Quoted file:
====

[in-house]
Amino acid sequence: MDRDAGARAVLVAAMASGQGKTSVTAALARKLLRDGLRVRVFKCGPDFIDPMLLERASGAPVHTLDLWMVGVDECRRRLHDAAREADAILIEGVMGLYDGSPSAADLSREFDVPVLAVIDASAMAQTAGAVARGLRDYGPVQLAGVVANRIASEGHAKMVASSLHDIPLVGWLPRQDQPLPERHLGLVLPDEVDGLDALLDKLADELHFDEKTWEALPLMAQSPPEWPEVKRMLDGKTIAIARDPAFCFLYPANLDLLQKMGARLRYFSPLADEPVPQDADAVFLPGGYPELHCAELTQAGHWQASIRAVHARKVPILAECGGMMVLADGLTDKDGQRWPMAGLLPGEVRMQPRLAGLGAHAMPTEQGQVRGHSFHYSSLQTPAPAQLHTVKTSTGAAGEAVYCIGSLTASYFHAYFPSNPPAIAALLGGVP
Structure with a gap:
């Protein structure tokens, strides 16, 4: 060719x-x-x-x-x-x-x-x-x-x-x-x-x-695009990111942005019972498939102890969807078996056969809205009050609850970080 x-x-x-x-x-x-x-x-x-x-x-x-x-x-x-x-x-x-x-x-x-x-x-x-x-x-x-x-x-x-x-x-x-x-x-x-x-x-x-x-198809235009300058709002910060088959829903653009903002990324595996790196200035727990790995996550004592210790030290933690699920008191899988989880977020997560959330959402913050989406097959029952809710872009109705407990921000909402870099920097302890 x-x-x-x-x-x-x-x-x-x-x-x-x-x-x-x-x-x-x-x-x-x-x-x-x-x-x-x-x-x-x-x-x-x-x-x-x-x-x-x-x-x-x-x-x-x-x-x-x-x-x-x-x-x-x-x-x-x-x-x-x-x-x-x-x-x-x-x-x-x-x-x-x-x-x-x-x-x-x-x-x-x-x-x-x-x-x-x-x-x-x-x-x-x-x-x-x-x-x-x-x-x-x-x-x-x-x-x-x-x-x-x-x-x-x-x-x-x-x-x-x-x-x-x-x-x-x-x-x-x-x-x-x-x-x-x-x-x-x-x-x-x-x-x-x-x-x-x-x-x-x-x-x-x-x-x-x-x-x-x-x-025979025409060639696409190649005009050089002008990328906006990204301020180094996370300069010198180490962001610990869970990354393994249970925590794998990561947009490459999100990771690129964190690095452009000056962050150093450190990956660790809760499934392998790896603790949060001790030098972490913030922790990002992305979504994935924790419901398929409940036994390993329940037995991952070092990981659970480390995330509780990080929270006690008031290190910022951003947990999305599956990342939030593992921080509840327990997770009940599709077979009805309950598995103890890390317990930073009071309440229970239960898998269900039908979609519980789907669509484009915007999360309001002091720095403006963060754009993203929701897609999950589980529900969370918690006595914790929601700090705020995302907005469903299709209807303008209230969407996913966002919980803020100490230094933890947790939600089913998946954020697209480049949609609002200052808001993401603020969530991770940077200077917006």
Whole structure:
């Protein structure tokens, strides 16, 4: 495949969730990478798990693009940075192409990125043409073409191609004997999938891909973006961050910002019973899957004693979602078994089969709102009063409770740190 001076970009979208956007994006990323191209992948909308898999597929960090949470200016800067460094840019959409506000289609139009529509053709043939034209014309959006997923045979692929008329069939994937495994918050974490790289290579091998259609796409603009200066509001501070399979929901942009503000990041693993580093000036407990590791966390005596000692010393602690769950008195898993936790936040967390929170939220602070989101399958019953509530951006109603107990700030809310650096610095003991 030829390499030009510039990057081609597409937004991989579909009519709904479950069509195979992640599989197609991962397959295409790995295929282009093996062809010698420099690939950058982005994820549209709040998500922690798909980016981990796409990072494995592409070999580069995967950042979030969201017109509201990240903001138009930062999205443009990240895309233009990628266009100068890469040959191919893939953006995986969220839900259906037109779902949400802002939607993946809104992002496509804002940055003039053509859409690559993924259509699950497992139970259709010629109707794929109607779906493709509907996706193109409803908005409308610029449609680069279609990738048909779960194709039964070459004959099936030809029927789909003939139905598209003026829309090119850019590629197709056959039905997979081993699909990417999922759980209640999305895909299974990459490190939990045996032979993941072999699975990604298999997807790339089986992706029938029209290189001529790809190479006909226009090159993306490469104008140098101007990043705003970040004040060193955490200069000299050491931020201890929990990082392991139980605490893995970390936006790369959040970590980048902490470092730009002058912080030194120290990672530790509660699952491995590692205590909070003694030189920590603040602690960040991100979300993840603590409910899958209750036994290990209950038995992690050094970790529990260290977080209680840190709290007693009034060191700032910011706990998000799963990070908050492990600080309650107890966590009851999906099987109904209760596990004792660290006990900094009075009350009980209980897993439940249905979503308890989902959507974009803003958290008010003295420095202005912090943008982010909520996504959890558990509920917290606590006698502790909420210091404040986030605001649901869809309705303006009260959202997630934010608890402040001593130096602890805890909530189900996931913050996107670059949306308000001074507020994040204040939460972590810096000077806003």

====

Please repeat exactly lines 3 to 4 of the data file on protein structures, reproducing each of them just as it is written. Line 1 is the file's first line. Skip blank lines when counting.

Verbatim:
Structure with a gap:
């Protein structure tokens, strides 16, 4: 060719x-x-x-x-x-x-x-x-x-x-x-x-x-695009990111942005019972498939102890969807078996056969809205009050609850970080 x-x-x-x-x-x-x-x-x-x-x-x-x-x-x-x-x-x-x-x-x-x-x-x-x-x-x-x-x-x-x-x-x-x-x-x-x-x-x-x-198809235009300058709002910060088959829903653009903002990324595996790196200035727990790995996550004592210790030290933690699920008191899988989880977020997560959330959402913050989406097959029952809710872009109705407990921000909402870099920097302890 x-x-x-x-x-x-x-x-x-x-x-x-x-x-x-x-x-x-x-x-x-x-x-x-x-x-x-x-x-x-x-x-x-x-x-x-x-x-x-x-x-x-x-x-x-x-x-x-x-x-x-x-x-x-x-x-x-x-x-x-x-x-x-x-x-x-x-x-x-x-x-x-x-x-x-x-x-x-x-x-x-x-x-x-x-x-x-x-x-x-x-x-x-x-x-x-x-x-x-x-x-x-x-x-x-x-x-x-x-x-x-x-x-x-x-x-x-x-x-x-x-x-x-x-x-x-x-x-x-x-x-x-x-x-x-x-x-x-x-x-x-x-x-x-x-x-x-x-x-x-x-x-x-x-x-x-x-x-x-x-x-025979025409060639696409190649005009050089002008990328906006990204301020180094996370300069010198180490962001610990869970990354393994249970925590794998990561947009490459999100990771690129964190690095452009000056962050150093450190990956660790809760499934392998790896603790949060001790030098972490913030922790990002992305979504994935924790419901398929409940036994390993329940037995991952070092990981659970480390995330509780990080929270006690008031290190910022951003947990999305599956990342939030593992921080509840327990997770009940599709077979009805309950598995103890890390317990930073009071309440229970239960898998269900039908979609519980789907669509484009915007999360309001002091720095403006963060754009993203929701897609999950589980529900969370918690006595914790929601700090705020995302907005469903299709209807303008209230969407996913966002919980803020100490230094933890947790939600089913998946954020697209480049949609609002200052808001993401603020969530991770940077200077917006």